- Mobile Device: Yes, some cost will also be incurred by smartphones, tablets, or other mobile devices used by maintenance personnel to access and interact with the tool while in the field.
- Software Maintenance Fees: These fees cover essential services provided by the vendor, such as software updates, patches, and technical support. You will incur them as ongoing operational expenses for having an up-to-date maintenance management system.
- User Training: Educating users prior they start beginning the use of the application or when some new functionality is introduced will bring some costs. Typically, the expenses will revolve around training programs, materials, and possibly external trainers or consultants.
- Support and Helpdesk: Just as there are costs of repairs for equipment, there are costs associated with support activities. These are the expenses for maintaining a support team and help desk infrastructure to address user queries, troubleshoot issues, and provide technical assistance related to the application.
Also Read: Why is CMMS Training Important
- Data Storage Costs: The tool aids in making data-driven decisions creating cost elements around data. The data storage component includes the costs associated with acquiring, managing, and maintaining the infrastructure required for adequate data storage. It encompasses considerations such as server space, the associated hardware, and subscription fees.
- Data Migration: Expenses are incurred for transferring the existing maintenance data to the maintenance application. The process of extraction, transformation, and loading of data into the new system contributes to this cost.
- Data Conversion: The process transforms data from different file types, databases, or structures into a standardized format that aligns with the requirements. The expenses pertain to converting data into a format compatible with the software.
- Security Software: The inclusion of Security Software costs reflects the expenses associated with implementing additional security measures to safeguard maintenance data and uphold the integrity of the application. You must consider investments in antivirus programs, firewalls, intrusion detection systems, or other tools aimed at fortifying the overall security posture of the application.
- Data Security Measures: Encryption, access controls, regular security audits, and other measures to safeguard data integrity and confidentiality don’t come without any costs. These steps are essential to protect valuable maintenance data from potential breaches and ensure compliance with data protection standards.
- Contingency: You will allocate a contingency fund for unprecedented issues such as software glitches, data migration issues, or additional customization requirements resulting in expenses.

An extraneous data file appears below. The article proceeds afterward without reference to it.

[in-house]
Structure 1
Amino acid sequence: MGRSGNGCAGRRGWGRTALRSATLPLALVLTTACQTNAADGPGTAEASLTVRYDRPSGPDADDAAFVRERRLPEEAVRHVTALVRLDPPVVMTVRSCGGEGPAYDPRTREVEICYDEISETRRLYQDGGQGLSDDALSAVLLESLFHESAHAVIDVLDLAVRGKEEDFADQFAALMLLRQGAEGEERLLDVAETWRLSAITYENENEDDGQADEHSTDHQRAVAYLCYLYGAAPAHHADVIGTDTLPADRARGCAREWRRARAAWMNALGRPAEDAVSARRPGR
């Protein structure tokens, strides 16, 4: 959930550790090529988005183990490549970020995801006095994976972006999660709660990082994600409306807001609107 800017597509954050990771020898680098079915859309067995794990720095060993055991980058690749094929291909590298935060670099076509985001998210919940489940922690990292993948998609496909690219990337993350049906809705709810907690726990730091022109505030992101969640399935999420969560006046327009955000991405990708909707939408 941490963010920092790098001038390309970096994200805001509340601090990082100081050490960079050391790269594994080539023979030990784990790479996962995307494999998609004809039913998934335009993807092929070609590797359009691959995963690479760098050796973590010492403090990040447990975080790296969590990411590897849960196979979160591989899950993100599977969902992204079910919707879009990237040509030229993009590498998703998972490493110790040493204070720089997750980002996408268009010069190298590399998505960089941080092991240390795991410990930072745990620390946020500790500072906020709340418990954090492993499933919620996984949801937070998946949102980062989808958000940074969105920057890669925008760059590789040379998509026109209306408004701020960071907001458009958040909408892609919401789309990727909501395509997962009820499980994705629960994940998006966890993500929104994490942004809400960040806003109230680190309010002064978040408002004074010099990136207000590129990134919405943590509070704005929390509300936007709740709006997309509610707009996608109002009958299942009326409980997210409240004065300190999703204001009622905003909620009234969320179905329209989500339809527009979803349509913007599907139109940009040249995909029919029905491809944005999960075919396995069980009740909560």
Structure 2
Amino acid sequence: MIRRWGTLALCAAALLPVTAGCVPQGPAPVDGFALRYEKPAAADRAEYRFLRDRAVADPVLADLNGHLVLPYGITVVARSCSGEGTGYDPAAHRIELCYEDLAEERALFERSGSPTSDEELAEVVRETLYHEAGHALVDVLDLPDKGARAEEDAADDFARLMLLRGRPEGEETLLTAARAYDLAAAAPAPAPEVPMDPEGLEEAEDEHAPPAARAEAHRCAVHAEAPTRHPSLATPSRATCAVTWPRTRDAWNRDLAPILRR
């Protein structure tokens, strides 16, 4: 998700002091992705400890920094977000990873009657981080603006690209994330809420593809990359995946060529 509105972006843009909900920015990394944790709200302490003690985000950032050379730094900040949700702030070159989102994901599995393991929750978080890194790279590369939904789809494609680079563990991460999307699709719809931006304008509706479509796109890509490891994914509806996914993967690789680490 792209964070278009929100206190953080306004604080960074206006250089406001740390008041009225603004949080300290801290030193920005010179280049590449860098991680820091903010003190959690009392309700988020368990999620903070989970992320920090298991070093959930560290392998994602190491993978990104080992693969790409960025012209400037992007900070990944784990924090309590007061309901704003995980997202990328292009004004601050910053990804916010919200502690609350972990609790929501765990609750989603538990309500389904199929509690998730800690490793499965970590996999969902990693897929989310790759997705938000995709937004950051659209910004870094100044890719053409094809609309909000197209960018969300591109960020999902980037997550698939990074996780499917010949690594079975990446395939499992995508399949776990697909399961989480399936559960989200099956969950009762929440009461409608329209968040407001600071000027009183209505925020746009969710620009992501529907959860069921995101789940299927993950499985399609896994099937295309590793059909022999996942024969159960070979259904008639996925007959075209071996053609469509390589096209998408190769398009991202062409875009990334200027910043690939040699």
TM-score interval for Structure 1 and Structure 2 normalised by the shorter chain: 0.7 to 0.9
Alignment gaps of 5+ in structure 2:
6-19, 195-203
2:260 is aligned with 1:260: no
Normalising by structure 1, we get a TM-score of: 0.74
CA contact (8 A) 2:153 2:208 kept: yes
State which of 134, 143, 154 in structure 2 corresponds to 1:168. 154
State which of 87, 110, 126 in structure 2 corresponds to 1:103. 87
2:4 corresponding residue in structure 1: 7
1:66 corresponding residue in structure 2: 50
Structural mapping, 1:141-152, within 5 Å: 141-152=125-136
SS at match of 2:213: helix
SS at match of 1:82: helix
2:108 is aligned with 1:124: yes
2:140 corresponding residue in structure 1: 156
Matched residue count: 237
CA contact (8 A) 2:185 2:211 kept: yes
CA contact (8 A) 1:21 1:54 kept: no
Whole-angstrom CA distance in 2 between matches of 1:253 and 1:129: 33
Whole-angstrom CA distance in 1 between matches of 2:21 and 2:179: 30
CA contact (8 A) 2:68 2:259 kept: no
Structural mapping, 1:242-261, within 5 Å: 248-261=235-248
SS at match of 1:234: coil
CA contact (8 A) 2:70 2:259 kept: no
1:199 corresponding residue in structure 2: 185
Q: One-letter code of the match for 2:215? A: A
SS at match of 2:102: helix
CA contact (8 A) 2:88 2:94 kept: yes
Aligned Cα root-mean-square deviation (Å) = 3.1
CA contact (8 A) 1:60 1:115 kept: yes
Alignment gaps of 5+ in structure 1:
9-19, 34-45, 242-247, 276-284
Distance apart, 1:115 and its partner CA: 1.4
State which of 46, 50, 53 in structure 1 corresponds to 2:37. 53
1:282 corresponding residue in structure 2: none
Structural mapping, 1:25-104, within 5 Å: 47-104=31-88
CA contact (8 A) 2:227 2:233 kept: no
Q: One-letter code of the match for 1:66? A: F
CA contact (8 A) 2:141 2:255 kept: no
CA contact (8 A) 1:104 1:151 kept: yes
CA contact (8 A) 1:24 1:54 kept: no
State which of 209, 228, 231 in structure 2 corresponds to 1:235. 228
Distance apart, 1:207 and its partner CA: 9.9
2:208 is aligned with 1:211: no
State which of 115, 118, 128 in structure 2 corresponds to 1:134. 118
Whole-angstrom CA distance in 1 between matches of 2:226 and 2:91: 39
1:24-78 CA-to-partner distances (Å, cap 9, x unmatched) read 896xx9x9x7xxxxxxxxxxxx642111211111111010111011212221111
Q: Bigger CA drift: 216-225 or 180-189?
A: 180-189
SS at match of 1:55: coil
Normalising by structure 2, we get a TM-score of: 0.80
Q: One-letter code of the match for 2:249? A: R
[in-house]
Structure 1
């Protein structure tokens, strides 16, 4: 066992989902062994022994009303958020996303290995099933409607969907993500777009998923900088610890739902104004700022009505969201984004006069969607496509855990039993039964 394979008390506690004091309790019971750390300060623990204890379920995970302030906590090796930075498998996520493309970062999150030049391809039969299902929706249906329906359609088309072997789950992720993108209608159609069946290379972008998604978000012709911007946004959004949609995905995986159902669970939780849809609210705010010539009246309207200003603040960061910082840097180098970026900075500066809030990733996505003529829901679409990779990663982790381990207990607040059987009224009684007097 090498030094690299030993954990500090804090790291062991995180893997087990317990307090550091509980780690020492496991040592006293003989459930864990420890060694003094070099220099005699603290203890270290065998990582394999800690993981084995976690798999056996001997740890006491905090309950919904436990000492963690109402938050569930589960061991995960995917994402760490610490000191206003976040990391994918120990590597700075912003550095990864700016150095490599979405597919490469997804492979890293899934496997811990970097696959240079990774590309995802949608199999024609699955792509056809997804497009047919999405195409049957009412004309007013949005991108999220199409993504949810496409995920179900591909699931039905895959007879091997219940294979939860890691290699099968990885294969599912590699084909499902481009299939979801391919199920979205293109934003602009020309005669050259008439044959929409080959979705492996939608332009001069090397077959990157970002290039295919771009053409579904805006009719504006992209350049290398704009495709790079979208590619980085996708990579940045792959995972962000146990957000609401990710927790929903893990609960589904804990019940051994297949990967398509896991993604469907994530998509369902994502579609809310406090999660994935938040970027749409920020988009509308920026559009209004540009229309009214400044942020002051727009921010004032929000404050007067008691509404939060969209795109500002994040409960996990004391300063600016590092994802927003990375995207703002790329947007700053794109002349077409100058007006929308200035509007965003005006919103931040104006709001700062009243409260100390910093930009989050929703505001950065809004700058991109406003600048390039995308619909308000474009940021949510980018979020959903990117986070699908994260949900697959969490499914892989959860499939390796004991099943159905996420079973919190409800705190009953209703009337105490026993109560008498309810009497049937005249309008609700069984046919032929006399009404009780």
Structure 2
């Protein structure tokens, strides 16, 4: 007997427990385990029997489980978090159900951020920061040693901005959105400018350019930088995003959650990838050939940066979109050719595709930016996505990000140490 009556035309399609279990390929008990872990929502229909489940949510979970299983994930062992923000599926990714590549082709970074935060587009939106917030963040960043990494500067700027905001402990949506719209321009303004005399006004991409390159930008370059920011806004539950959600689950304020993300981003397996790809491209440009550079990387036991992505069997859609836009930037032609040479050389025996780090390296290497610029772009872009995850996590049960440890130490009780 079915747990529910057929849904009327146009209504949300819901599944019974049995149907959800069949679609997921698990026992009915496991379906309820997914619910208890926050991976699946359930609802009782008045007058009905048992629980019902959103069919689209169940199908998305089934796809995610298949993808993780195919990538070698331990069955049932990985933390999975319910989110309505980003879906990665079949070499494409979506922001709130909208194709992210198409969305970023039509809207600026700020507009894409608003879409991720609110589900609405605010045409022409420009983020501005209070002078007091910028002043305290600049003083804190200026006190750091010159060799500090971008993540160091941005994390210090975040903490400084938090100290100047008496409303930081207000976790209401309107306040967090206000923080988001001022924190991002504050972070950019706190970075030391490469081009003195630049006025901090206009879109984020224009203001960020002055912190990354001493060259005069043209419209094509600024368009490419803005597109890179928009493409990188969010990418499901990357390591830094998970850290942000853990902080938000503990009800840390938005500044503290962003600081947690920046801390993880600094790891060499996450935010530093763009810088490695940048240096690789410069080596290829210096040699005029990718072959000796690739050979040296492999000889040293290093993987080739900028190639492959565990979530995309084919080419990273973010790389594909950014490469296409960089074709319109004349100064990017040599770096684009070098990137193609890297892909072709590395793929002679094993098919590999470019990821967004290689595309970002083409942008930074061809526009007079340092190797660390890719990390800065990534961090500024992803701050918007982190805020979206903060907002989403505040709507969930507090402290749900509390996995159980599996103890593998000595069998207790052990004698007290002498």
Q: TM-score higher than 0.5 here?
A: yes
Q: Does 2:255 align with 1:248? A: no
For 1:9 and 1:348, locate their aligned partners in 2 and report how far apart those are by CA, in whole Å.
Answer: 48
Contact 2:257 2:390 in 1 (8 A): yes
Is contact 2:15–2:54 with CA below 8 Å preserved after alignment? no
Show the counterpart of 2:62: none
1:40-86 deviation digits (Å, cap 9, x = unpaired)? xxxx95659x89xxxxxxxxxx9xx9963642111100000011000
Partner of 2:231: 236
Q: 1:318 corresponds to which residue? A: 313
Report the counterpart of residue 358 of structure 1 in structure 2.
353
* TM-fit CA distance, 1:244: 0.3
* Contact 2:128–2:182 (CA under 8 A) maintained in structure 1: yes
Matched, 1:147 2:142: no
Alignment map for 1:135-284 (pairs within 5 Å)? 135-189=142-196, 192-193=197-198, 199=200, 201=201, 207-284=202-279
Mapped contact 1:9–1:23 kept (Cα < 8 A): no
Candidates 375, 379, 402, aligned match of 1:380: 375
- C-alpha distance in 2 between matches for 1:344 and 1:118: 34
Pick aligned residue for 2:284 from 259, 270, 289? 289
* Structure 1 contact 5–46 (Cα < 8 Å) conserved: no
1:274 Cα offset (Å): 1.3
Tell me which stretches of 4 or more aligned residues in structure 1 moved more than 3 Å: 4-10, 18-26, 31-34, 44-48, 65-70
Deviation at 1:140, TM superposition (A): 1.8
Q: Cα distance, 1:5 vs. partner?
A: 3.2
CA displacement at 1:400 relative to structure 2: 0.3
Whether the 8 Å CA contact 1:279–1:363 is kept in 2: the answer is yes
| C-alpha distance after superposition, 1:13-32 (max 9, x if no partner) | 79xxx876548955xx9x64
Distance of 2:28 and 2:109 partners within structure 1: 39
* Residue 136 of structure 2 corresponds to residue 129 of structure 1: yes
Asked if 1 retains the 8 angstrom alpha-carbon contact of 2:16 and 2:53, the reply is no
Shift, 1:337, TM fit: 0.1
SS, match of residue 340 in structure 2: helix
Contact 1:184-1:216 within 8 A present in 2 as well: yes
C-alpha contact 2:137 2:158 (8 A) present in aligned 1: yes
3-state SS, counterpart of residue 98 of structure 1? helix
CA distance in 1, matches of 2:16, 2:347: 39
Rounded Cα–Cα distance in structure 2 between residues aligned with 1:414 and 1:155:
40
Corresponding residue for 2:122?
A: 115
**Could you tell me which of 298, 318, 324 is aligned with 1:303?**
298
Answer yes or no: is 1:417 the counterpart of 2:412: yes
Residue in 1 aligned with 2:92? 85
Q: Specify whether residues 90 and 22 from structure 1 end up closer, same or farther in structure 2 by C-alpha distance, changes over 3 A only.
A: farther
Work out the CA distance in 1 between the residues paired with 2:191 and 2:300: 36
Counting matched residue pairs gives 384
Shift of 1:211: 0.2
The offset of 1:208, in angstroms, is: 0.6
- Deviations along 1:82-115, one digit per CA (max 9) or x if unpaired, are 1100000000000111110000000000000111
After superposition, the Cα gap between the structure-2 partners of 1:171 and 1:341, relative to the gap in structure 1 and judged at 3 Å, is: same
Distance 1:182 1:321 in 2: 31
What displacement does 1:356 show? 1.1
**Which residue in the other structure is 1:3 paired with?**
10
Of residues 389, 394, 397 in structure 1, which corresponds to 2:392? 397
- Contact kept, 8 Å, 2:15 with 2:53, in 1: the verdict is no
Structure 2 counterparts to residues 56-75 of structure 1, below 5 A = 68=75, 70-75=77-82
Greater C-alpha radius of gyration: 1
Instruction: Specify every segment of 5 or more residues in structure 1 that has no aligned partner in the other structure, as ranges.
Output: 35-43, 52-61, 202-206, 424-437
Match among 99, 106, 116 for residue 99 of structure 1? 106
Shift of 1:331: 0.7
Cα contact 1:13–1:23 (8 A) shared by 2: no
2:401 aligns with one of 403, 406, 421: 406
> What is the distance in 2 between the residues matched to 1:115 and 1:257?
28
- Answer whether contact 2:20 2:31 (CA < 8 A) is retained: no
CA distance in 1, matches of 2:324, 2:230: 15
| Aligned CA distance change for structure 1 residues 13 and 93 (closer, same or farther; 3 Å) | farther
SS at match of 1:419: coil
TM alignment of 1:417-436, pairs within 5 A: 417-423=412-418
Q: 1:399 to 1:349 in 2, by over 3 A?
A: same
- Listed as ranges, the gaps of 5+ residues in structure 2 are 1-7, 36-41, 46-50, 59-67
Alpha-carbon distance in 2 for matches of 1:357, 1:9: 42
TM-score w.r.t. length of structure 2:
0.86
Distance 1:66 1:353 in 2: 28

- User Addition: As organizations grow or as the need for different user roles and permissions arises, additional user licenses may be required. You may have to expand the access of the maintenance software to new users. These costs cover the acquisition of new licenses, training for new users, and potential customization to accommodate diverse user needs.
- Energy Consumption Monitoring: These expenses are related to incorporating features within the software for monitoring energy usage and sustainability metrics. While initially an additional cost, energy monitoring features contribute to long-term cost savings and environmental responsibility.
- Downtime: In unprecedented situations, the software may experience disruptions or outages and halt the maintenance operations, impacting your maintenance program and thus resulting in loss of productivity. Processes such as asset management and work order management may be affected. This loss will make you incur some intangible costs; though a good provider will ensure that no disruption occurs in the functioning of the tool.
- Cloud Hosting Fees: For a cloud-based CMMS, you will incur cloud costs. These fees cover server usage, data storage, and maintenance. You must budget these recurring fees to sustain uninterrupted access.
- Compliance and Regulatory Costs: Ongoing efforts to update the system in response to changing regulations, conduct audits, and implement necessary features to meet compliance requirements come with some costs. You must allocate funds to manage compliance and regulatory processes to maintain the integrity of the tool and safeguard the organization against legal and regulatory risks.
Optimize your TCO with FieldCircle
The Total Cost of Ownership (TCO) of your maintenance application extends beyond some commonly perceived cost elements, as we saw. A maintenance application should improve your ROI, so look at it as a proactive tool that is potentially helpful for predictive and preventive maintenance, optimizing operations for cost-effectiveness and efficiency.
This is what FieldCircle CMMS does!
Our solution can be a key asset in maximizing ROI through your maintenance operations. The cost-effective nature coupled with robust functionalities makes it a win-win for both our clients and us.